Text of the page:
But, here’s the biggest reason I stopped using “look at me” as a direction.  I was working with a kindergartener who was spending most of his day in a general education kindergarten classroom with pull out 1-1 discrete trials as the key element of his instruction.  I was overseeing the program which included writing the discrete trial programs, analyzing data, training staff, and helping the staff to include him in a functional and meaningful way in kindergarten.  One day, I was watching him in the class and realized that the teacher was calling his name after he didn’t follow a direction she gave to the class to line up.  It looked kind of like this.  She gave a direction to the class.  This kid didn’t follow it, while the rest of the class did.  She called his name and gave the direction.  He didn’t respond.  She usually repeated it a couple of times.  Then she would walk up to him and say, “Look at me” and wait for him to attend.  Then she would give the direction and he would follow it immediately.  And the little voice inside my head said, “DUH…we’ve been teaching it wrong.”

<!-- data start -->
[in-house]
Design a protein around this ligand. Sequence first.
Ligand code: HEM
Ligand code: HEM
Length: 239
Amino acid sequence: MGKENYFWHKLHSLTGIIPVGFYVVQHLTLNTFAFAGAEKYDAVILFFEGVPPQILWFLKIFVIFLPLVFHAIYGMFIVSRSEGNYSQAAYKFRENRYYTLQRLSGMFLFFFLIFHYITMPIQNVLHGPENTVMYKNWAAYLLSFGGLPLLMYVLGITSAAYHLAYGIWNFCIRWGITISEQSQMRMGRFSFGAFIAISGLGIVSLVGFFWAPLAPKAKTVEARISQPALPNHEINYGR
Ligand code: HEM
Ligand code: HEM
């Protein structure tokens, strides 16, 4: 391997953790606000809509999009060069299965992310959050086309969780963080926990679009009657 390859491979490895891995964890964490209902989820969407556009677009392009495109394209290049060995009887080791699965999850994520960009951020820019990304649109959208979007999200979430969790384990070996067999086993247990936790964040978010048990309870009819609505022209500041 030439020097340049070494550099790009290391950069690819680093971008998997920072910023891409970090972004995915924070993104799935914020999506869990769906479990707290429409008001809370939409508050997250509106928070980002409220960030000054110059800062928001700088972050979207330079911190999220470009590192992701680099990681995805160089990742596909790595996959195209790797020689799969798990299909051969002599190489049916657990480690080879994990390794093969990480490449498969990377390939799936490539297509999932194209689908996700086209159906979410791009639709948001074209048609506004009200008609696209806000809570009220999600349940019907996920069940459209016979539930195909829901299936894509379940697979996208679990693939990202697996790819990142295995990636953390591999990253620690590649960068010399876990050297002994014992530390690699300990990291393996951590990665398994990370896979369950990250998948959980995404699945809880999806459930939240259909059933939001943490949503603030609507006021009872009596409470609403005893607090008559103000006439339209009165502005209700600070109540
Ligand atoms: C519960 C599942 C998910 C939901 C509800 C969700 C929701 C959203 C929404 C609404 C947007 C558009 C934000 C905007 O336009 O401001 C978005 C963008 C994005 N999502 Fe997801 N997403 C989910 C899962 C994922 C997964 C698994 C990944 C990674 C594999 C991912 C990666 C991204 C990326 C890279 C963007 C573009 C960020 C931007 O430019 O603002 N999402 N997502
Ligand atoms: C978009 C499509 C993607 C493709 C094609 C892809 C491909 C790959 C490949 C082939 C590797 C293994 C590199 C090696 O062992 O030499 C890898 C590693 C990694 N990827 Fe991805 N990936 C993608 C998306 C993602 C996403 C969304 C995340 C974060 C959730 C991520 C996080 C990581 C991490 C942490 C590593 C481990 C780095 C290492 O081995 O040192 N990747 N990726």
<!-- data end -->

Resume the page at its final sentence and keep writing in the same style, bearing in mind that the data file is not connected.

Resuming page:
Because here is what happens in most situations.  People only say “Look at me” when you aren’t paying attention and aren’t doing what you are supposed to do.  The first thing most teachers say when you don’t follow the class direction (a skill we also need to teach) is the child’s name.  Essentially we were teaching kids to only respond to directions when their teacher / parent / caregiver is really frustrated because they aren’t following directions.


  • Focus on teaching them to respond to their names.  
  • Teach him that when he hears his name (remember, following group directions is a different skill so we aren’t there yet) he looks up at the speaker.
  • Instead of using a shaping program that increases the length of eye contact, focus on a shaping program that increases the distance from which you can call his name and have him respond (at the desk, in a group, across the room, down the hall, etc.).  When he can do the first we move to the next one as the program.  (I’ll talk more about shaping and programs later in the series).